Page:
Research papers published
Emilsson ÖI, Hägg SA, Lindberg E, Franklin KA, Toren K, Benediktsdottir B, Aspelund T, Gómez Real F, Leynaert B, Demoly P, Sigsgaard T, Perret J, Malinovschi A, Jarvis D, Garcia-Aymerich J, Gislason T, Janson C
The study aim was to examine the association of snoring and nocturnal gastro-oesophageal reflux (nGOR) with respiratory symptoms and lung function, and if snoring and/or nGOR associated with a steeper decline in lung function.
Data from the third visit of the European Community Respiratory Health Survey (ECRHS) was used for cross-sectional analysis. Pre- and post-bronchodilator spirometry was performed, and information on sleep, nGOR and respiratory symptoms was collected (n=5715). Habitual snoring and nGOR were assessed by questionnaire reports. Pre-bronchodilator spirometry from ECRHS I, II and III (20 years follow-up) were used to analyse lung function changes by multivariate regression analysis.
Snoring and nGOR were independently associated with a higher prevalence of wheeze, chest tightness, breathlessness, cough and phlegm. The prevalence of any respiratory symptom was 79% in subjects with both snoring and nGOR versus 56% in those with neither (p<0.001). Subjects with both snoring and nGOR had more frequent exacerbations (adjusted prevalence 32% versus 19% among "no snoring, no nGOR", p=0.003). Snoring but not nGOR was associated with a steeper decline in forced expiratory volume in 1 s over 10 years after adjusting for confounding factors (change in % predicted -5.53, versus -4.58 among "no snoring", p=0.04) and forced vital capacity (change in % predicted -1.94, versus -0.99 among "no snoring", p=0.03).
Adults reporting both habitual snoring and nGOR had more respiratory symptoms and more frequent exacerbations of these symptoms. Habitual snoring was associated with a steeper decline in lung function over time.
Imboden M, Wielscher M, Rezwan FI, Amaral AFS, Schaffner E, Jeong A, Beckmeyer-Borowko A, Harris SE, Starr JM, Deary IJ, Flexeder C, Waldenberger M, Peters A, Schulz H, Chen S, Sunny SK, Karmaus WJJ, Jiang Y, Erhart G, Kronenberg F, Arathimos R, Sharp GC, Henderson AJ, Fu Y, Piirilä P, Pietiläinen KH, Ollikainen M, Johansson A, Gyllensten U, de Vries M, van der Plaat DA, de Jong K, Boezen HM, Hall IP, Tobin MD, Jarvelin MR, Holloway JW, Jarvis D, Probst-Hensch NM
Previous reports link differential DNA methylation (DNAme) to environmental exposures which are associated with lung function. Direct evidence on lung function DNAme is however limited. We undertook an agnostic epigenome-wide association study (EWAS) on pre-bronchodilation lung function and its change in adults. In a discovery-replication EWAS design, DNAme in blood and spirometry were measured twice, six-to-15 years apart, in the same participants of three adult population-based discovery cohorts (n=2043). Associated DNAme markers (p<5×10-7) were tested in seven replication cohorts (adult: n=3327; childhood: n=420). Technical-bias adjusted residuals of a regression of the normalised absolute beta-values on control-probe-derived principle components were regressed on level and change of FEV1, FEV1/FVC and FVC in covariate-adjusted discovery EWAS. Inverse-variance weighted meta-analyses were performed on results from discovery and replication samples in all participants and never smokers. EWAS signals were enriched for smoking-related DNAme. We replicated 57 lung function DNAme in adult, but not childhood samples, all previously associated with smoking. Markers not previously associated with smoking failed replication. cg05575921 (AHRR) showed the statistically most significant association with cross-sectional lung function (FEV1/FVC: Pdiscovery=3.96×10-21 and Pcombined=7.22×10-50). A score combining ten DNAme markers previously reported to mediate the smoking effect on lung function was associated with lung function (FEV1/FVC: p=2.65×10-20).Our results reveal that lung function associated methylation signals in adults are predominantly smoking-related and possibly of clinical utility in identifying poor lung function and accelerated decline. Larger studies with more repeat time points are needed to identify lung function DNAme in never smokers and in children.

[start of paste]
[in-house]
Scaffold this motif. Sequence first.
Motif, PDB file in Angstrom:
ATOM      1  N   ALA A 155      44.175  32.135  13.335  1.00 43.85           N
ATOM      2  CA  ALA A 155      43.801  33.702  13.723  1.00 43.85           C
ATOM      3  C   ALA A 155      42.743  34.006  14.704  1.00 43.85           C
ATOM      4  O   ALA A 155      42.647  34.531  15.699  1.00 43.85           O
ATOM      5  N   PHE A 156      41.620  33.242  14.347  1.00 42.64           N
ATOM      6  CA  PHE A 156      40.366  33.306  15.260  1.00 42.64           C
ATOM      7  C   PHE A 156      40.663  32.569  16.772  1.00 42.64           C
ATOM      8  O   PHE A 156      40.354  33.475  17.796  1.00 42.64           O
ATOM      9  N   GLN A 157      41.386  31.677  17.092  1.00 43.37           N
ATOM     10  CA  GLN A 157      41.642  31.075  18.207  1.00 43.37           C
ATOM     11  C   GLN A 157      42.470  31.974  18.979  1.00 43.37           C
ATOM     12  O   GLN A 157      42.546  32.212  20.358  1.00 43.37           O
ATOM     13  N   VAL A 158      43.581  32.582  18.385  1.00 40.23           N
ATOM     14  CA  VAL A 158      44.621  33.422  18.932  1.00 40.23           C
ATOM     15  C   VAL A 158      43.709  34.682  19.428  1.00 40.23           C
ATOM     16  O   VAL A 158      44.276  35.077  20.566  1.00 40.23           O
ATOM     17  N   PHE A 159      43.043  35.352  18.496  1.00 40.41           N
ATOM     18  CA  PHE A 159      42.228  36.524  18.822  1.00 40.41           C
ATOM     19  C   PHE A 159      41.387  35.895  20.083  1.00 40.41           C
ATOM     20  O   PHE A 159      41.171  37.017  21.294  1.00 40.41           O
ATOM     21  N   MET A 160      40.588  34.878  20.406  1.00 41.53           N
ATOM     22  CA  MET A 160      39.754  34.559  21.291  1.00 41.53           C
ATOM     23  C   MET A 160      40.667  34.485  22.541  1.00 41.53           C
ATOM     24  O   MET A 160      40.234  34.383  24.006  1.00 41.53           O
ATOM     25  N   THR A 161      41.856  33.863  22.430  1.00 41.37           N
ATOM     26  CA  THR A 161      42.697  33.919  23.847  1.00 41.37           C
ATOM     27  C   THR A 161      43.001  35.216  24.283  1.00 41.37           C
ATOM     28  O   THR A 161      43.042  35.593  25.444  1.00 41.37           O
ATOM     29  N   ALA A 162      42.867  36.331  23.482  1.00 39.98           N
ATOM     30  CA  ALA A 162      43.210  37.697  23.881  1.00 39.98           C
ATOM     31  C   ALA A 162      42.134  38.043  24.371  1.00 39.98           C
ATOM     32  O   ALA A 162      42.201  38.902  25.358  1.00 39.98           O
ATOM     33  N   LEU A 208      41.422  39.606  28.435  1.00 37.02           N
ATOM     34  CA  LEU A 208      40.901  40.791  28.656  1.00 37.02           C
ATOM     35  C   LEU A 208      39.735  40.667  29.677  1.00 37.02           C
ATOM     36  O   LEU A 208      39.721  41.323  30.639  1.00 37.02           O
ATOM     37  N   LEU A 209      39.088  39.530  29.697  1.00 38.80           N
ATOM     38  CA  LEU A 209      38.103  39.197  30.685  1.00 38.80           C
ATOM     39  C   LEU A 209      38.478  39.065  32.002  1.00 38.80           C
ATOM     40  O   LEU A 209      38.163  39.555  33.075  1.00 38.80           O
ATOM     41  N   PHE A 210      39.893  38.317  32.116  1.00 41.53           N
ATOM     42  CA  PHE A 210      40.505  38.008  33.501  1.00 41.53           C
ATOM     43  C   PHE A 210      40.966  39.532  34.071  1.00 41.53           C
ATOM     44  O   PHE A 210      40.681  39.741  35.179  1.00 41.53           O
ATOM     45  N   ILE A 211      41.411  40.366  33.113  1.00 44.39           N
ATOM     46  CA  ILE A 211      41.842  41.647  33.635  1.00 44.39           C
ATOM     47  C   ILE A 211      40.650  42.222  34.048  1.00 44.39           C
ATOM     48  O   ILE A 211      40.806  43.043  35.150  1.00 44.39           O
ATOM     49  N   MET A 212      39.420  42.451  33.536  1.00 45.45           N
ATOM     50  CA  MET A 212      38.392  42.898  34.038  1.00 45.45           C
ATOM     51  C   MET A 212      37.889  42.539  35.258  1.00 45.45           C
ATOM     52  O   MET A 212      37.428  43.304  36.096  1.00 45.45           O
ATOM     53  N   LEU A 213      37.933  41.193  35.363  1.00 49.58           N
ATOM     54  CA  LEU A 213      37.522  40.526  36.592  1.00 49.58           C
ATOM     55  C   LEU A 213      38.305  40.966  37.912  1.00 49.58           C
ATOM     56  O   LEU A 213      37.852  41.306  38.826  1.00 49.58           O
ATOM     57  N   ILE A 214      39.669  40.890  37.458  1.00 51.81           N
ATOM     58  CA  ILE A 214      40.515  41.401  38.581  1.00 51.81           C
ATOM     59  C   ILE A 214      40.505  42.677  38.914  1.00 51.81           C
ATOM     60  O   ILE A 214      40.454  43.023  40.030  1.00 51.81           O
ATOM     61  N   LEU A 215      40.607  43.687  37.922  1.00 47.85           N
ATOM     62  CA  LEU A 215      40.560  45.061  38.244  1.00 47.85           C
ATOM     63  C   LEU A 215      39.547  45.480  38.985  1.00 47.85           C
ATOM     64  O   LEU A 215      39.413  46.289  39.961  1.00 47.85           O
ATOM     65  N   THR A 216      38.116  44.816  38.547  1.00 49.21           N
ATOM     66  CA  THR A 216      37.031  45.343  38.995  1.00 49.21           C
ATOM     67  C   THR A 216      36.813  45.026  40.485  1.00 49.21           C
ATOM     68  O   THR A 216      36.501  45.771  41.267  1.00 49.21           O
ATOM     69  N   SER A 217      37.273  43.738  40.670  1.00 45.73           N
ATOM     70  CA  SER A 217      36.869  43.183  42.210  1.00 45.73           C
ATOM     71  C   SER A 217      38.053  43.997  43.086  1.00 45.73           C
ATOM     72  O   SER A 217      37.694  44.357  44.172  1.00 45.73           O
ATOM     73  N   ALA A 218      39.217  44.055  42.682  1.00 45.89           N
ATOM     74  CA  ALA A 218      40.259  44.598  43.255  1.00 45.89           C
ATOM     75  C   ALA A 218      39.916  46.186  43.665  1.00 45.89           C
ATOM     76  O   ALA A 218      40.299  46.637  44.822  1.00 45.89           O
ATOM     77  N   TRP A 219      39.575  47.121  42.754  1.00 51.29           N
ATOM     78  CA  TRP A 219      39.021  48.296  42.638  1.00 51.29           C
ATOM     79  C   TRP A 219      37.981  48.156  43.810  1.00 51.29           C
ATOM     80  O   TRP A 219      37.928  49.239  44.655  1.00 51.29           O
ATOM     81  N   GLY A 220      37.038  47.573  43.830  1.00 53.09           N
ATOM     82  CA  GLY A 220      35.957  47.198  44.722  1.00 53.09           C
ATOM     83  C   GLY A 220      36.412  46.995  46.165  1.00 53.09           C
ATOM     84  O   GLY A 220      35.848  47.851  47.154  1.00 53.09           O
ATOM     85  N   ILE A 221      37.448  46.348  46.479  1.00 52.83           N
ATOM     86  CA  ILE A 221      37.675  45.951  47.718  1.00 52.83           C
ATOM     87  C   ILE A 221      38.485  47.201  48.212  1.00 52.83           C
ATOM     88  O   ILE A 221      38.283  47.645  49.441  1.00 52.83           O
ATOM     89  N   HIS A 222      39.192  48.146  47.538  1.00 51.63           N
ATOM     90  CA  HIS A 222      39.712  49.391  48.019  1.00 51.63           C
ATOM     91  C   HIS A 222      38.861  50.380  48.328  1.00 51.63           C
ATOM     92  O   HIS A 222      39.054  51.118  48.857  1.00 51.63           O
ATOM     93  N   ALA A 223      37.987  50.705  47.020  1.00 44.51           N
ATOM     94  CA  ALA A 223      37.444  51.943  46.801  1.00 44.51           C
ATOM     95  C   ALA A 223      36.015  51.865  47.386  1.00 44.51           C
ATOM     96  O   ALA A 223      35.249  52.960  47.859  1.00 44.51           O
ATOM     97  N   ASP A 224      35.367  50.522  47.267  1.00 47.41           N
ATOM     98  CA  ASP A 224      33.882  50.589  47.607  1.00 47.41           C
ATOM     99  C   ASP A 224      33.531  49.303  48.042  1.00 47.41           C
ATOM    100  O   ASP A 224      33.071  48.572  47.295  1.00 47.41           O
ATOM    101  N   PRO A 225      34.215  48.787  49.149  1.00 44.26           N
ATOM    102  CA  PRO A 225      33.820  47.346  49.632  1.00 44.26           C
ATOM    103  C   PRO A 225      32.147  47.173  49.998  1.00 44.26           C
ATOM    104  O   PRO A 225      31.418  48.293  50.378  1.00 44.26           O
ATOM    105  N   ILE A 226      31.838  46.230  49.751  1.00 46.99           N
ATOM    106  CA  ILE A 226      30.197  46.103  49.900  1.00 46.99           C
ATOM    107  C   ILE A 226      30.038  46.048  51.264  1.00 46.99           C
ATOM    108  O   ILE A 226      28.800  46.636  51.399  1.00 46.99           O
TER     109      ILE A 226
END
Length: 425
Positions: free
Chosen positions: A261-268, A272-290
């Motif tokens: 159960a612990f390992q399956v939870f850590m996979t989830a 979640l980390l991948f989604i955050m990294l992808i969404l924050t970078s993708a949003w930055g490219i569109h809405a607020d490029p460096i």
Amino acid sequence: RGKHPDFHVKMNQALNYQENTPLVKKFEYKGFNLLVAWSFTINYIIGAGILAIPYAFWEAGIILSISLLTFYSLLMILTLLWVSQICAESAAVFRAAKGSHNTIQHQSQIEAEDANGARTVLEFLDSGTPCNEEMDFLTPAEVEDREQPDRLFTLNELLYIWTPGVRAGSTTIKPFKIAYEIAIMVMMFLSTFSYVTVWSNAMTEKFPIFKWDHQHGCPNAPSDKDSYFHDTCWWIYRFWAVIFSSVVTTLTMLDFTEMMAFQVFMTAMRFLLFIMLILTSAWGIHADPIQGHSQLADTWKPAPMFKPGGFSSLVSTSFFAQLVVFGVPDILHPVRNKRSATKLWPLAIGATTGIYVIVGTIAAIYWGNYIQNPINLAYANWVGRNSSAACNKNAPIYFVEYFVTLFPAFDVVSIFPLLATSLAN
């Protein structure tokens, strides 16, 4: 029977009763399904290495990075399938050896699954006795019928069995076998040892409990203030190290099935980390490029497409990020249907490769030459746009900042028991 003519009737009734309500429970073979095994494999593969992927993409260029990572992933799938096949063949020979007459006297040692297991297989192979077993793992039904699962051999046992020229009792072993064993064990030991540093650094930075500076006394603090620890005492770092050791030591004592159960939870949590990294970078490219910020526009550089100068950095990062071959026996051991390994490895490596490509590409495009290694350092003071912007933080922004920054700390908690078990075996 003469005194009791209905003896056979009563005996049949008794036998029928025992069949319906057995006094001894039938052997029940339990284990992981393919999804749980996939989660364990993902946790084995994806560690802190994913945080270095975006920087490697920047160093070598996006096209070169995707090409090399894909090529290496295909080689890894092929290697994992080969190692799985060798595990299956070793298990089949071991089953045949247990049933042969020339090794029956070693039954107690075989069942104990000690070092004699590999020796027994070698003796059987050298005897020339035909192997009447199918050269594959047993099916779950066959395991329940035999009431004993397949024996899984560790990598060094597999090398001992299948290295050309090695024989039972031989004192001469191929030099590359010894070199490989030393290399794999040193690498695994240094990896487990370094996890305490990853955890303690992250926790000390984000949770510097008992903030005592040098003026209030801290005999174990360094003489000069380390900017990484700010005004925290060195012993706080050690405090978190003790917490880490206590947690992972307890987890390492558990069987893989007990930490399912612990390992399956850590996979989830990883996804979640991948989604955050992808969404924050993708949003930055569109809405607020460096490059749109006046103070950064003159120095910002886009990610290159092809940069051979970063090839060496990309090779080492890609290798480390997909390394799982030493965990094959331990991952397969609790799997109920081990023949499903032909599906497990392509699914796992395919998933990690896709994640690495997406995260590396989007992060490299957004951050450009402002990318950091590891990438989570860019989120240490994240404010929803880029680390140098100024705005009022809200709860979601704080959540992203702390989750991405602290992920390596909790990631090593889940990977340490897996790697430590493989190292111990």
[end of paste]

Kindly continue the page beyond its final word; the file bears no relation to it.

Alif SM, Dharmage S, Benke G, Dennekamp M, Burgess J, Perret JL, Lodge C, Morrison S, Johns DP, Giles G, Gurrin L, Thomas PS, Hopper JL, Wood-Baker R, Thompson B, Feather I, Vermeulen R, Kromhout H, Jarvis D, Garcia Aymerich J, Walters EH, Abramson MJ, Matheson MC
While cross-sectional studies have shown associations between certain occupational exposures and lower levels of lung function, there was little evidence from population-based studies with repeated lung function measurements.